Factors Associated with Liver Biopsy Performance in HCV-HIV Coinfected Injecting Drug Users with HCV Viremia: Results from a Five-Year Longitudinal Assessment

Dominique Rey, Maria Patrizia Carrieri, Bruno Spire, Sandrine Loubière, Pierre Dellamonica, Hervé Gallais, Gilles Patrice Cassuto, Jean Albert Gastaut, Yolande Obadia, C. Boirot, A. D. Bouhnik, J. P. Cassuto, M. Chesney, P. Dujardin, S. Duran, J. G. Fuzibet, G. Lepeu, D. A. Loundou, C. Marimoutou, D. MechaliJ. P. Moatti, J. Moreau, M. Nègre, I. Poizot-Martin, C. Pradier, C. Rouzioux, A. Sobel, F. Trémolières, D. Vlahov

    Research output: Contribution to journalArticle

    Abstract

    The last international consensus conference about hepatitis C virus (HCV) treatment emphasized the importance of treatment for persons coinfected witb HCV and buman immunodeficiency virus (HIV). As liver biopsy precedes treatment, we aimed to identify factors associated with the performance of liver biopsy among HIV-HCV coinfected drug users during a 5-year follow-up to study their access to HCV treatment. Of the 296 patients followed in the HIV hospital departments of Nice and Marseilles and with retrievable records about HCV diagnosis and care, 166 were eligible for analysis having bad detectable HCV RNA at least once during the study period. Overall, 45.2% of patients underwent liver biopsy during follow-up. Using proportional bazard models, predictors of having had a liver biopsy were high social support, complete abstinence from drug injection, and lack of immunosuppression as well as male gender, no history of multiple incarcerations, more recent onset of drug use, and an increase of liver enzyme levels. These results suggest that specific efforts should be devoted to HIV-HCV coinfected drug users to assist with stabilizing these patients to optimize their access to HCV care whenever possible.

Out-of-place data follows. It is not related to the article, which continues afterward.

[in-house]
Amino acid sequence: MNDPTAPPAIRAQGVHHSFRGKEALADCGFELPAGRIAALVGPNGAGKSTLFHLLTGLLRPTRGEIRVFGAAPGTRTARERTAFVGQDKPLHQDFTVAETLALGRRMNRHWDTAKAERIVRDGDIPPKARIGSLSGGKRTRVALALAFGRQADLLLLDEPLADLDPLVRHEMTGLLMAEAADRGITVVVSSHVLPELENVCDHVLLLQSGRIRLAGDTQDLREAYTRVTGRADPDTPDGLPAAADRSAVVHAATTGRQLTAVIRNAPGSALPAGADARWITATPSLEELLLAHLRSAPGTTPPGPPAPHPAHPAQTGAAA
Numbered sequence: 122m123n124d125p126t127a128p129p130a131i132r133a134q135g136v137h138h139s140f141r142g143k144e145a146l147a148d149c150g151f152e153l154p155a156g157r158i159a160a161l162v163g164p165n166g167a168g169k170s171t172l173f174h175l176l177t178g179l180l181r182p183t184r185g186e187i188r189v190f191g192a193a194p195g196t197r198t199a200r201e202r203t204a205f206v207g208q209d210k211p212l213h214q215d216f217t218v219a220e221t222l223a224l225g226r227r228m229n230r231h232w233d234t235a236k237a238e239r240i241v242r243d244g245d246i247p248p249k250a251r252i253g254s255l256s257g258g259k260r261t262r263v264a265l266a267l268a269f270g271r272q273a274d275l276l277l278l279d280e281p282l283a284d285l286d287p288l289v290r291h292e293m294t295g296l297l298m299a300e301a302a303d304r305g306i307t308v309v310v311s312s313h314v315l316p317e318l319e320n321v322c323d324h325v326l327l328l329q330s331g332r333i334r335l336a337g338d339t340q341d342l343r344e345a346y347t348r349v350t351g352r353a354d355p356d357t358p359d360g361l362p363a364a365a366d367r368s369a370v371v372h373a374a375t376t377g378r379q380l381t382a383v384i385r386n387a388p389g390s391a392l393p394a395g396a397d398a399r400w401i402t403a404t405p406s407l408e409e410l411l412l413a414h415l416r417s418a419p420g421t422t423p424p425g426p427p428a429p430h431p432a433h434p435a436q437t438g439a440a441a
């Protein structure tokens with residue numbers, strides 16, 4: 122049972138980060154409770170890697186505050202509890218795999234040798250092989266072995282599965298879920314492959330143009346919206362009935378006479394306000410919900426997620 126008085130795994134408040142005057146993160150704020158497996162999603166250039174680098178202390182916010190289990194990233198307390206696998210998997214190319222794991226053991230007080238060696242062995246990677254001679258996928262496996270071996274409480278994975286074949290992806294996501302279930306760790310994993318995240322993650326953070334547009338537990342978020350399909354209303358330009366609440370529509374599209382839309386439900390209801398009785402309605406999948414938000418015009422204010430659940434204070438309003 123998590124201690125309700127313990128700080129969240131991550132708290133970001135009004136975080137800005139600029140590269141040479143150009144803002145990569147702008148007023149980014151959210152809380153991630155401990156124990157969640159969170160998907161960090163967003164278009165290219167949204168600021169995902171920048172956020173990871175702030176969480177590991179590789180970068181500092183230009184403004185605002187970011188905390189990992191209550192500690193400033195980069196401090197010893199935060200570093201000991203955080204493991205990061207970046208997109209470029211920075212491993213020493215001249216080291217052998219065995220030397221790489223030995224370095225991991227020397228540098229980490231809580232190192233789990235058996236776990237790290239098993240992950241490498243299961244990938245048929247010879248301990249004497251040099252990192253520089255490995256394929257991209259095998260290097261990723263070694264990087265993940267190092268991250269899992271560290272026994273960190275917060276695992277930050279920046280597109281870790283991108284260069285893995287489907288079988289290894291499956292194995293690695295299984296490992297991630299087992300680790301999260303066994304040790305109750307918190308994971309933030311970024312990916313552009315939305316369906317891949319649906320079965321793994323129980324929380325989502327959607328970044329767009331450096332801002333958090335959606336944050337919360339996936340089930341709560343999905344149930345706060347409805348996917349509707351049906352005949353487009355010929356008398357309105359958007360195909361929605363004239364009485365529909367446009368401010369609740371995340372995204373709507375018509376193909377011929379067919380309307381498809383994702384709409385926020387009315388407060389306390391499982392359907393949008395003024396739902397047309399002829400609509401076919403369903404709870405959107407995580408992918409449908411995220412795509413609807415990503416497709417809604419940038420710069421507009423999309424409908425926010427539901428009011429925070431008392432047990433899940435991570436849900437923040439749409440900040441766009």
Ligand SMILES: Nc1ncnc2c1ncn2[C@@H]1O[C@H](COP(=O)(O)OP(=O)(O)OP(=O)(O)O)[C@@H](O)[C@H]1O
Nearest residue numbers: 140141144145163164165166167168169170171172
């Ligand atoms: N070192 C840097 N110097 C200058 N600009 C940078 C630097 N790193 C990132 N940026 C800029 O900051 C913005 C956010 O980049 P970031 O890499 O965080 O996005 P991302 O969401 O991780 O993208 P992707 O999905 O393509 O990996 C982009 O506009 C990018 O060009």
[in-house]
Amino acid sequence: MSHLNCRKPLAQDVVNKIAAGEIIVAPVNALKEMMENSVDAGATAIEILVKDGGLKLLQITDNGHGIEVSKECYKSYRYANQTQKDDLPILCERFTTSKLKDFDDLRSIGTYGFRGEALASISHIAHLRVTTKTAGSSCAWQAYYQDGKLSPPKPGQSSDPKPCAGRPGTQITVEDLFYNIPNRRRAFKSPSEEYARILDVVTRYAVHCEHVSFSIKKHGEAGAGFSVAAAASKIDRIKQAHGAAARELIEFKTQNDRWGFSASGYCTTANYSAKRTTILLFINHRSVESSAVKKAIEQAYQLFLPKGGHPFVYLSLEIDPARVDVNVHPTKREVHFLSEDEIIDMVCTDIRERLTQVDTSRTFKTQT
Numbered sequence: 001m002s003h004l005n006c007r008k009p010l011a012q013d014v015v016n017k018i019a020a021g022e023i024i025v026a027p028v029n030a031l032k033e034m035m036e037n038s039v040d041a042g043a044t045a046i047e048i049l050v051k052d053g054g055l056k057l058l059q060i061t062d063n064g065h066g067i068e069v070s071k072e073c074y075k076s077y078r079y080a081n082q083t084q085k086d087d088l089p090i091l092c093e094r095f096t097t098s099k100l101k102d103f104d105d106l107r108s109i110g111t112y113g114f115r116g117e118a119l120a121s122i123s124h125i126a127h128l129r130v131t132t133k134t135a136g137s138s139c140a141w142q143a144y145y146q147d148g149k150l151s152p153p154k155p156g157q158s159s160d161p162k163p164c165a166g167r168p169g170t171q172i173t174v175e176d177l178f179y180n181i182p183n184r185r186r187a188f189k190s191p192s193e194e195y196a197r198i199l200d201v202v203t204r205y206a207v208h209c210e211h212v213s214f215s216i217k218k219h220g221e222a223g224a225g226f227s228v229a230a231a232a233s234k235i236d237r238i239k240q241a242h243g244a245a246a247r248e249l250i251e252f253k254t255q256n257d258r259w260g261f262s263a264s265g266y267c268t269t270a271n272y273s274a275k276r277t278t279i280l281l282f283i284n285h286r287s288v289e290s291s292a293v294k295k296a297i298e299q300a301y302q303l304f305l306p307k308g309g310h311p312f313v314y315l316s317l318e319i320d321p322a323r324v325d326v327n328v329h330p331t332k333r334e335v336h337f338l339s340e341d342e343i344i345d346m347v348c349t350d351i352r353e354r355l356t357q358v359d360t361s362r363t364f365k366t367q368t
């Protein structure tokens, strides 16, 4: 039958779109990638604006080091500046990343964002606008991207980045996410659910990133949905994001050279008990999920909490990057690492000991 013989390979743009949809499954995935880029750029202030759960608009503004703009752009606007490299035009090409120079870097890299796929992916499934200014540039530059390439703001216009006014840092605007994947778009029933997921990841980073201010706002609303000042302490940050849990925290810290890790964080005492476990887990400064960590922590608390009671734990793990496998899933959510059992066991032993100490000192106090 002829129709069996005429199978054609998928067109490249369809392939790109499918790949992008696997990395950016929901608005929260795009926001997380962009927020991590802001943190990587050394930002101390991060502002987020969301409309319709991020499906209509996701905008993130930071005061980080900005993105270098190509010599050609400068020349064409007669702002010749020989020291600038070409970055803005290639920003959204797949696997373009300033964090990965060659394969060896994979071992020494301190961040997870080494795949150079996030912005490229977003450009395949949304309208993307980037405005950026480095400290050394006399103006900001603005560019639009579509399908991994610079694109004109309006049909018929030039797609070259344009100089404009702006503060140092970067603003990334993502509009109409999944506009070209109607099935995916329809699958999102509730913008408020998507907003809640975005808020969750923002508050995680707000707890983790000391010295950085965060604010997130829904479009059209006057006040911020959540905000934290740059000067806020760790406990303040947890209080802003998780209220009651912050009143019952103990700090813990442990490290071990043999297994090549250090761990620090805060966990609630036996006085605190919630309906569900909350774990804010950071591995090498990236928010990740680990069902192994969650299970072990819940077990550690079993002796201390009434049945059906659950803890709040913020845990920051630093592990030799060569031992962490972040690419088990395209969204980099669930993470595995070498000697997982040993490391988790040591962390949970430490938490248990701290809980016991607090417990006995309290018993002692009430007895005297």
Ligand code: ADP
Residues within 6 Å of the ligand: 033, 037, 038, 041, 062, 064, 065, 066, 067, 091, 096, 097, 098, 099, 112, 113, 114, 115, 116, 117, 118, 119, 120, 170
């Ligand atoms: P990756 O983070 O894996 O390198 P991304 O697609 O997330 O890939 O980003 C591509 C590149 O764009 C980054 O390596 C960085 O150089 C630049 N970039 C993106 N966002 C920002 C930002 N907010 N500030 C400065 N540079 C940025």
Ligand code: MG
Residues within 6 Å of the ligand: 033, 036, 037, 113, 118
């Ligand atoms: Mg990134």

Original languageEnglish (US)
    Pages (from-to)48-57
    Number of pages10
    JournalJournal of Urban Health
    Volume81
    Issue number1
    DOIs
    StatePublished - Mar 1 2004

    Keywords

    • Cohort study
    • Drug use
    • HCV
    • HIV
    • Liver biopsy

    ASJC Scopus subject areas

    • Health(social science)
    • Urban Studies
    • Public Health, Environmental and Occupational Health

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